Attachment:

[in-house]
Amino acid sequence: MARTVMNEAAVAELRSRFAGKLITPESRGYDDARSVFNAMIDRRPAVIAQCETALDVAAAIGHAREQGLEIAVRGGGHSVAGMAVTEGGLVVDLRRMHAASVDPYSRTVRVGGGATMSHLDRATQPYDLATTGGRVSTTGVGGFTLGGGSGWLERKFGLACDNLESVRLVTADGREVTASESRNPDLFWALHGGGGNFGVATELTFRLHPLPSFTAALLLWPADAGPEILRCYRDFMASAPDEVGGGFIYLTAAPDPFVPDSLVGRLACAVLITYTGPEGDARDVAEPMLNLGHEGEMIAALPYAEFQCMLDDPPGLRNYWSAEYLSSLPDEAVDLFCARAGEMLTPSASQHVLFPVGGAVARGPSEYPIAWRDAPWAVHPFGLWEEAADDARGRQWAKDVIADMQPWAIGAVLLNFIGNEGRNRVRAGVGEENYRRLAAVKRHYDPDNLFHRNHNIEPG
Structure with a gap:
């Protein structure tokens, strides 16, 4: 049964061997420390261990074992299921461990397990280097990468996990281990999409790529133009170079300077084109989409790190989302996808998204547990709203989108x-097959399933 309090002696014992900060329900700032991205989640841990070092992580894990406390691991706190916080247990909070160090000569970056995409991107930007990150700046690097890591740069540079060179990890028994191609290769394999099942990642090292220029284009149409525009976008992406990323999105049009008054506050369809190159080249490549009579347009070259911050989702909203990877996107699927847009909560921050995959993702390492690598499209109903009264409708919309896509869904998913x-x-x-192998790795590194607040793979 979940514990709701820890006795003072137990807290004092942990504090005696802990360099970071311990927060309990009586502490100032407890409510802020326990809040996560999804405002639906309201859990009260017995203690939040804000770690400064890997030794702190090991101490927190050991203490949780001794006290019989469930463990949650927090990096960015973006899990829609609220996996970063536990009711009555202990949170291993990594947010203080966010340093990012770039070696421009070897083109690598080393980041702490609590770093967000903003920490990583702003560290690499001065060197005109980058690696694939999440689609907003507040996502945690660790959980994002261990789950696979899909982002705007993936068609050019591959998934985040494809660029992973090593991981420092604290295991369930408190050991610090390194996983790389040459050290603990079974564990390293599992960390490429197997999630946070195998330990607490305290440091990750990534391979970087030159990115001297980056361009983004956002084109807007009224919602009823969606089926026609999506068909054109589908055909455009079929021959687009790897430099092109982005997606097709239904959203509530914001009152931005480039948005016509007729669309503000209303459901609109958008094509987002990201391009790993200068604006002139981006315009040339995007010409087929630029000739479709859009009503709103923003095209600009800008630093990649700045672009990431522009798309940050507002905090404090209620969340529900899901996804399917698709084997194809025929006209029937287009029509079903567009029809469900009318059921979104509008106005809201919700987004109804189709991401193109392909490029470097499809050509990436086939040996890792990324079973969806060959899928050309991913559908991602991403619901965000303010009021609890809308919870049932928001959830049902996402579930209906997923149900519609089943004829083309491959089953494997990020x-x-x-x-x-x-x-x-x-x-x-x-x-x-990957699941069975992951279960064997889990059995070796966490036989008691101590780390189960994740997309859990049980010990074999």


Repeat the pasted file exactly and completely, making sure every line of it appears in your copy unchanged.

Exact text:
[in-house]
Amino acid sequence: MARTVMNEAAVAELRSRFAGKLITPESRGYDDARSVFNAMIDRRPAVIAQCETALDVAAAIGHAREQGLEIAVRGGGHSVAGMAVTEGGLVVDLRRMHAASVDPYSRTVRVGGGATMSHLDRATQPYDLATTGGRVSTTGVGGFTLGGGSGWLERKFGLACDNLESVRLVTADGREVTASESRNPDLFWALHGGGGNFGVATELTFRLHPLPSFTAALLLWPADAGPEILRCYRDFMASAPDEVGGGFIYLTAAPDPFVPDSLVGRLACAVLITYTGPEGDARDVAEPMLNLGHEGEMIAALPYAEFQCMLDDPPGLRNYWSAEYLSSLPDEAVDLFCARAGEMLTPSASQHVLFPVGGAVARGPSEYPIAWRDAPWAVHPFGLWEEAADDARGRQWAKDVIADMQPWAIGAVLLNFIGNEGRNRVRAGVGEENYRRLAAVKRHYDPDNLFHRNHNIEPG
Structure with a gap:
């Protein structure tokens, strides 16, 4: 049964061997420390261990074992299921461990397990280097990468996990281990999409790529133009170079300077084109989409790190989302996808998204547990709203989108x-097959399933 309090002696014992900060329900700032991205989640841990070092992580894990406390691991706190916080247990909070160090000569970056995409991107930007990150700046690097890591740069540079060179990890028994191609290769394999099942990642090292220029284009149409525009976008992406990323999105049009008054506050369809190159080249490549009579347009070259911050989702909203990877996107699927847009909560921050995959993702390492690598499209109903009264409708919309896509869904998913x-x-x-192998790795590194607040793979 979940514990709701820890006795003072137990807290004092942990504090005696802990360099970071311990927060309990009586502490100032407890409510802020326990809040996560999804405002639906309201859990009260017995203690939040804000770690400064890997030794702190090991101490927190050991203490949780001794006290019989469930463990949650927090990096960015973006899990829609609220996996970063536990009711009555202990949170291993990594947010203080966010340093990012770039070696421009070897083109690598080393980041702490609590770093967000903003920490990583702003560290690499001065060197005109980058690696694939999440689609907003507040996502945690660790959980994002261990789950696979899909982002705007993936068609050019591959998934985040494809660029992973090593991981420092604290295991369930408190050991610090390194996983790389040459050290603990079974564990390293599992960390490429197997999630946070195998330990607490305290440091990750990534391979970087030159990115001297980056361009983004956002084109807007009224919602009823969606089926026609999506068909054109589908055909455009079929021959687009790897430099092109982005997606097709239904959203509530914001009152931005480039948005016509007729669309503000209303459901609109958008094509987002990201391009790993200068604006002139981006315009040339995007010409087929630029000739479709859009009503709103923003095209600009800008630093990649700045672009990431522009798309940050507002905090404090209620969340529900899901996804399917698709084997194809025929006209029937287009029509079903567009029809469900009318059921979104509008106005809201919700987004109804189709991401193109392909490029470097499809050509990436086939040996890792990324079973969806060959899928050309991913559908991602991403619901965000303010009021609890809308919870049932928001959830049902996402579930209906997923149900519609089943004829083309491959089953494997990020x-x-x-x-x-x-x-x-x-x-x-x-x-x-990957699941069975992951279960064997889990059995070796966490036989008691101590780390189960994740997309859990049980010990074999």